Excess Inventory in a Time of Pandemic

Claudia Freed examines the issue of excess inventory amid the pandemic crisis, and what manufacturers' options are for handling it.

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At this time of need, the world is finding new ways to come together. As businesses lean on the power of the supply chain, the focus has shifted to survival mode.  Understandably, successful business leaders are sharply focused on the here and now. These leaders have activated business continuity plans and quickly adjusted to the new reality of changes in consumer behavior due to social distancing and employees working remotely and carrying on responsibilities online. There are many examples of companies that, only weeks into the global pandemic brought by the COVID-19 virus, have redefined their business entirely, created new solutions and found opportunities where there were none before.

During one of the many webinars I attend on a weekly basis, Greg White and Scott Lutton, hosts of Supply Chain Now Radio, recently invited Mike Griswold of Gartner to be a guest on the show. Mike said that “all supply chains are being tested right now,” highlighting one of the most valuable attributes of mature supply chains: their flexibility. This includes rolling shutdowns, reduced hours of operation, shifts in manufacturing and other tactical short-term actions designed to preserve cash and optimize costs. This cost-centric, cash-preservation playbook will be enough for some businesses to survive, some may even thrive. Others will discover business opportunities without being opportunistic, as Mike also said.

I Stock 590248570iStockTake for example the airline industry and the food served to passengers on airplanes. Almost without warning, months of menu planning snacks and breakfast items in lounges and on aircraft representing thousands of individual servings, from yogurt to peanuts, are being redeployed to food pantries to help those most severely impacted by the pandemic. Dry goods and industrial inventories are no different. Because, as we all know, food is not the only supply chain being disrupted by the pandemic. Business planning is also impacted. In fact, I would argue that the costs of re-directing, storing and managing inventory without a clear view as to its ROI, can eat away at margins, making it more difficult for some businesses to survive. Adding to these challenges is the need to protect the corporate brand. Companies with a well-established Corporate Social Responsibility (CSR) programs are reaching out to community partners and together provide solutions without increasing a company’s costs or risks.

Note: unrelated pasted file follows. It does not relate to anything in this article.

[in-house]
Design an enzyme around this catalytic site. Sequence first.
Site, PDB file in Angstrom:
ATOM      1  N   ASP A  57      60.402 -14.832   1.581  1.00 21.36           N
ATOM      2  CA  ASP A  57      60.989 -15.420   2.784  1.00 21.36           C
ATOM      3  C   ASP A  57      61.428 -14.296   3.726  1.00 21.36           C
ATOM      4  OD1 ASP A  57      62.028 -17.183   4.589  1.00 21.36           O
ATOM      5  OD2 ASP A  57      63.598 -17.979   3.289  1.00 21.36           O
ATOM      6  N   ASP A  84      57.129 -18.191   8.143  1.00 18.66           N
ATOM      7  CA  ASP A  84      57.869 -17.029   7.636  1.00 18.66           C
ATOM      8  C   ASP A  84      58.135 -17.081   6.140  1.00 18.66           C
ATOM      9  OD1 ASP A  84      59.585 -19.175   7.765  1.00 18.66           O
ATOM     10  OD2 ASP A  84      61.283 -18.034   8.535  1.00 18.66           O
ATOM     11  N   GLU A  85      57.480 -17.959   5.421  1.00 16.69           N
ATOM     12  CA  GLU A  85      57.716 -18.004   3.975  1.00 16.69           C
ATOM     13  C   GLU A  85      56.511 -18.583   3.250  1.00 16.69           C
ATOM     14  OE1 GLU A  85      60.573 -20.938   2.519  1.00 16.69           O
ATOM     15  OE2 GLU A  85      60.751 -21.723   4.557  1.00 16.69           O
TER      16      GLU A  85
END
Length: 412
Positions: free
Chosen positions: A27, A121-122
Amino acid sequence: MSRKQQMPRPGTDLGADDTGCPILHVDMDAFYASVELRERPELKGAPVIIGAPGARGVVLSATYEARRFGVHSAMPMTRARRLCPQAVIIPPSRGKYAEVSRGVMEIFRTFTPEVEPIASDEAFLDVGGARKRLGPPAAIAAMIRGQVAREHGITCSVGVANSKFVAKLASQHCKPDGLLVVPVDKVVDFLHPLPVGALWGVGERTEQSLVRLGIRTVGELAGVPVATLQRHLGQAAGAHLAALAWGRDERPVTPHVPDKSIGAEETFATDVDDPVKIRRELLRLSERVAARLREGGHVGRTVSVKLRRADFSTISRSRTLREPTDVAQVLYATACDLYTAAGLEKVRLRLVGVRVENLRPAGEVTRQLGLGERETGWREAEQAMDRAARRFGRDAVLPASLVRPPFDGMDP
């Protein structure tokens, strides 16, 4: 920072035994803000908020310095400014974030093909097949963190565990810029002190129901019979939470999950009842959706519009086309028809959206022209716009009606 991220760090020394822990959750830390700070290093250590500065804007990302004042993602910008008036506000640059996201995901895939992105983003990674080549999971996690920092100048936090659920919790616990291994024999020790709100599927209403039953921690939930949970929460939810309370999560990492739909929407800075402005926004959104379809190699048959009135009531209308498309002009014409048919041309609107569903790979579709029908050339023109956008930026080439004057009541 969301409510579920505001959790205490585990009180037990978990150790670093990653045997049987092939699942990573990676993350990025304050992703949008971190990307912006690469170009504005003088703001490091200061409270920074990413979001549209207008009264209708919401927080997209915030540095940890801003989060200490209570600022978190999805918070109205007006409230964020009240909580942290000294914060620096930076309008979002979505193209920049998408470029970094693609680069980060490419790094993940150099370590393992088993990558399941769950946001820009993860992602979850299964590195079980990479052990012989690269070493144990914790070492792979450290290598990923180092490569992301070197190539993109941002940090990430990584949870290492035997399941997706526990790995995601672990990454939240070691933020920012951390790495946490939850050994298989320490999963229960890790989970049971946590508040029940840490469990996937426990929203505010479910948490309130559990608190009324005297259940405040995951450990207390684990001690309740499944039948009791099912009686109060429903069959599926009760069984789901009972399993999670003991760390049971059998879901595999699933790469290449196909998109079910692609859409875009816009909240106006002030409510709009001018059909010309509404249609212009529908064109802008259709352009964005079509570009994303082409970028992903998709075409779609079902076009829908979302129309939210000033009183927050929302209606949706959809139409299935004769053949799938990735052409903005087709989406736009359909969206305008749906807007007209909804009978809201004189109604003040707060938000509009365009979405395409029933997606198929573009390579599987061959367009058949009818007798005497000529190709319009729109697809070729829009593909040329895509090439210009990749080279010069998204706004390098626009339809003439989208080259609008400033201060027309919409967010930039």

Reputation matters now more than ever. One only needs to observe what happens on social media when a global, captive audience of millions working remotely laser-focuses on a company, business leader or celebrity making the wrong move for being tone-deaf or otherwise. The flurry of criticism can be unforgiving.  Unfortunately, some businesses have not learned these lessons and think that a marketing “brand refresh” or hiring a reputation manager will make the problem go away. Some of these image-makeover activities may prove effective under different conditions or when time is on our side.

However, this global pandemic has made everything acquire a hyper-speed dimension. To survive, businesses and the supply chains that sustain them demand even more flexibility, fast identification of source materials, augmented production and even faster speed to online sale while also maintaining a high level of performance in a complex chain of partners, which are still global. Carrying non-productive or excess inventory potentially clogging the supply chain may become a bigger problem for businesses as second- and third-tier partners begin to fail.

In his recent article in The Philadelphia Inquirer, Harold Brubaker describes an example of a company that, for financial reasons not related to COVID-19, could not survive. As the ultimate and final act of kindness, uBiome donated test kits swab inventory it no longer needed to the Children’s Hospital of Philadelphia. A global list of Fortune 500 companies recently identified brands that are using their services, infrastructure, products, equipment and expertise to fight the pandemic and help their employees and customers get through this crisis. AT&T, for example, is providing FirstNet devices to first responders, including free data service for doctors and nurses for the next three months. With the help of their community partners, companies including Cole-Parmer, Black Box, AFX Lighting are using the strength of their supply chains to make a difference at this time.

An EALgreen infographic detailing manufacturers' options with excess inventory.An EALgreen infographic detailing manufacturers' options with excess inventory.

And when this global pandemic passes, these generous companies will benefit. As displaced employees start to look for more meaningful career paths, and we return to stores — and online — to buy the products we love, we will certainly see these companies with the well-deserved halo of a more favorable light.

GreenGreenClaudia Freed, President & CEO of EALgreen, is an accomplished and dynamic business leader with more than 25 years of experience managing corporate social responsibility partnerships. She was the recipient of the first college scholarship created by EALgreen from a donation of industrial inventory in 1982. Claudia’s commitment to education and sustainability originated in her native Argentina. After a successful career in corporate finance, she returned to EAL becoming a champion for CSR recognized by Crain’s Chicago Magazine, the Global Summit of Women and the Corporate Responsibility Group of Chicago. 

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